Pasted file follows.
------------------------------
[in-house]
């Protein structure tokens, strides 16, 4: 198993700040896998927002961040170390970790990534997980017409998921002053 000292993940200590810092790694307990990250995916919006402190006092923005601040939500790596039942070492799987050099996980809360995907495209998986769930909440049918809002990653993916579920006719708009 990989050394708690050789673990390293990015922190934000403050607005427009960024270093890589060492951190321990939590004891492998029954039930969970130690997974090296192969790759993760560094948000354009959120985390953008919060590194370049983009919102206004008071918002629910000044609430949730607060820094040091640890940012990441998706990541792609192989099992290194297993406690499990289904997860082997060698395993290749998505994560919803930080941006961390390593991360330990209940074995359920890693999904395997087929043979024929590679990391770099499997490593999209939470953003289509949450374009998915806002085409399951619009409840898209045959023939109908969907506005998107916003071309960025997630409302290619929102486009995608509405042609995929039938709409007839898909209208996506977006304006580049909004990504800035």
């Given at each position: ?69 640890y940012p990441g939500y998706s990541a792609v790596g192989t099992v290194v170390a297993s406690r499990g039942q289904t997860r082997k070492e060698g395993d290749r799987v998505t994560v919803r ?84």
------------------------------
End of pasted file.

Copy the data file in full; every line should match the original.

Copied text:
[in-house]
């Protein structure tokens, strides 16, 4: 198993700040896998927002961040170390970790990534997980017409998921002053 000292993940200590810092790694307990990250995916919006402190006092923005601040939500790596039942070492799987050099996980809360995907495209998986769930909440049918809002990653993916579920006719708009 990989050394708690050789673990390293990015922190934000403050607005427009960024270093890589060492951190321990939590004891492998029954039930969970130690997974090296192969790759993760560094948000354009959120985390953008919060590194370049983009919102206004008071918002629910000044609430949730607060820094040091640890940012990441998706990541792609192989099992290194297993406690499990289904997860082997060698395993290749998505994560919803930080941006961390390593991360330990209940074995359920890693999904395997087929043979024929590679990391770099499997490593999209939470953003289509949450374009998915806002085409399951619009409840898209045959023939109908969907506005998107916003071309960025997630409302290619929102486009995608509405042609995929039938709409007839898909209208996506977006304006580049909004990504800035």
């Given at each position: ?69 640890y940012p990441g939500y998706s990541a792609v790596g192989t099992v290194v170390a297993s406690r499990g039942q289904t997860r082997k070492e060698g395993d290749r799987v998505t994560v919803r ?84």